What kind of Evidence Influences local officials? A great example from Guatemala

Paper  by Walter Flores: “Between 2007 and up to now, we have implemented five different methods for gathering evidence:

1) Surveys of health clinics with random sampling,

2) Surveys using tracers and convenience-based sampling,

3) Life histories of the users of health services,

4) User complaints submitted via text messages,

5) Video and photography documenting service delivery problems.

Each of these methods was deployed for a period of 2-3 years and accompanied by detailed monitoring to track its effects on two outcome variables:

1) the level of community participation in planning, data collection and analysis; and

2) the responsiveness of the authorities to the evidence presented.

Our initial intervention generated evidence by surveying a random sample of health clinics—widely considered to be a highly rigorous method for collecting evidence. As the surveys were long and technically complicated, participation from the community was close to zero. Yet our expectation was that, given its scientific rigor, authorities would be responsive to the evidence we presented. The government instead used technical methodological objections as a pretext to reject the service delivery problems we identified. It was clear that such arguments were an excuse and authorities did not want to act.

Flores fig 1Our next effort was to simplify the survey and involve communities in surveying, analysis, and report writing. However, as the table shows, participation was still “minimal,” as was the responsiveness of the authorities. Many community members still struggled to participate and the authorities rejected the evidence as unreliable, again citing methodological concerns. Together with community leaders, we decided to move away from surveys altogether, so authorities could no longer use technical arguments to disregard the evidence.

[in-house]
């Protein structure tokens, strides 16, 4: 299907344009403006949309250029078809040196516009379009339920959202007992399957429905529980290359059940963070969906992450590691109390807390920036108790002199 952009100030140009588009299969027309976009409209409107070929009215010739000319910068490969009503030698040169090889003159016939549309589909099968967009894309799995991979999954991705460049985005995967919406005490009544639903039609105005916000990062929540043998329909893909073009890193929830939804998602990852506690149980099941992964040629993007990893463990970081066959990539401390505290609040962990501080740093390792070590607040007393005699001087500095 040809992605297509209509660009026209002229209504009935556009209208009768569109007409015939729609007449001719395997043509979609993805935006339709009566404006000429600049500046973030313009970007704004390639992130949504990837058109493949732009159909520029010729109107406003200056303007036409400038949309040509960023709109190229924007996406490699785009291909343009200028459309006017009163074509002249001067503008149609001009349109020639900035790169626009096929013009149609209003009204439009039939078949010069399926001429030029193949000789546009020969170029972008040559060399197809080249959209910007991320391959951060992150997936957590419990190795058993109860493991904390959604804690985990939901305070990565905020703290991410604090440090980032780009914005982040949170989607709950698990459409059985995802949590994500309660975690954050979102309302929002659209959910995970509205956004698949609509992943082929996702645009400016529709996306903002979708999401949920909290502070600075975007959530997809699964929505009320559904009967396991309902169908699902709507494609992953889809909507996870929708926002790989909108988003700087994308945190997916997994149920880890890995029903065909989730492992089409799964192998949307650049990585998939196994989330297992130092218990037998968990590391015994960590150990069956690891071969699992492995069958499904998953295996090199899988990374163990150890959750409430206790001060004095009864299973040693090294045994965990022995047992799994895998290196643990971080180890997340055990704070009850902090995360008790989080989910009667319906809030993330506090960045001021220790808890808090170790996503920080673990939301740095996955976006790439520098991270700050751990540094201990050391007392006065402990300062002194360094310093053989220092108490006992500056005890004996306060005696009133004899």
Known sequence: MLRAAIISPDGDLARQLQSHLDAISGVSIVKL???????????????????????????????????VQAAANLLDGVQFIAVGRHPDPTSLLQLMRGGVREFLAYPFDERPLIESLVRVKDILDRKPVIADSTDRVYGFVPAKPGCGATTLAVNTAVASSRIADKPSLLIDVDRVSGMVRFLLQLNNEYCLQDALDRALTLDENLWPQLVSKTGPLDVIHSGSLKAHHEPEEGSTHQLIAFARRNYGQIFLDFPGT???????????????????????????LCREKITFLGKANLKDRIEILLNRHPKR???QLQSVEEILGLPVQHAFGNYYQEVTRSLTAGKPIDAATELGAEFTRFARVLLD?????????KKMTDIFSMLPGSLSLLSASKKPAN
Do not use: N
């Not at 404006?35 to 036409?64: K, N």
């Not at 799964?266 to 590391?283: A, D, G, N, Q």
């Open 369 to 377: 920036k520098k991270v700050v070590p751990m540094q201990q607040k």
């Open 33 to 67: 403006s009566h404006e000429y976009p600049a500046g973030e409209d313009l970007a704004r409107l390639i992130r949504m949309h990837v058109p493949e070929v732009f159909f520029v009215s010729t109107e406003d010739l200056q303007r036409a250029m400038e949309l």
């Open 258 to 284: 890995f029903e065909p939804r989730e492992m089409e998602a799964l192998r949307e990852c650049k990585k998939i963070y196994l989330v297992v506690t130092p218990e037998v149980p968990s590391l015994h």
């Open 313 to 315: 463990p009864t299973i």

For our next method, we introduced collecting life-stories of real patients and users of health services. The decision about this new method was taken together with communities. Community members were trained to identify cases of poor service delivery, interview users, and write down their experiences. These testimonies vividly described the impact of poor health services: children unable to go to school because they needed to attend to sick relatives; sick parents unable to care for young children; breadwinners unable go to work, leaving families destitute.

This type of evidence changed the meetings between community leaders and authorities considerably, shifting from arguments over data to discussing the struggles real people faced due to nonresponsive services. After a year of responding to individual life-stories, however, authorities started to treat the information presented as “isolated cases” and became less responsive.

We regrouped again with community leaders to reflect on how to further boost community participation and achieve a response from authorities. We agreed that more agile and less burdensome methods for community volunteers to collect and disseminate evidence might increase the response from authorities. After reviewing different options, we agreed to build a complaint system that allowed users to send coded text messages to an open-access platform….(More)”.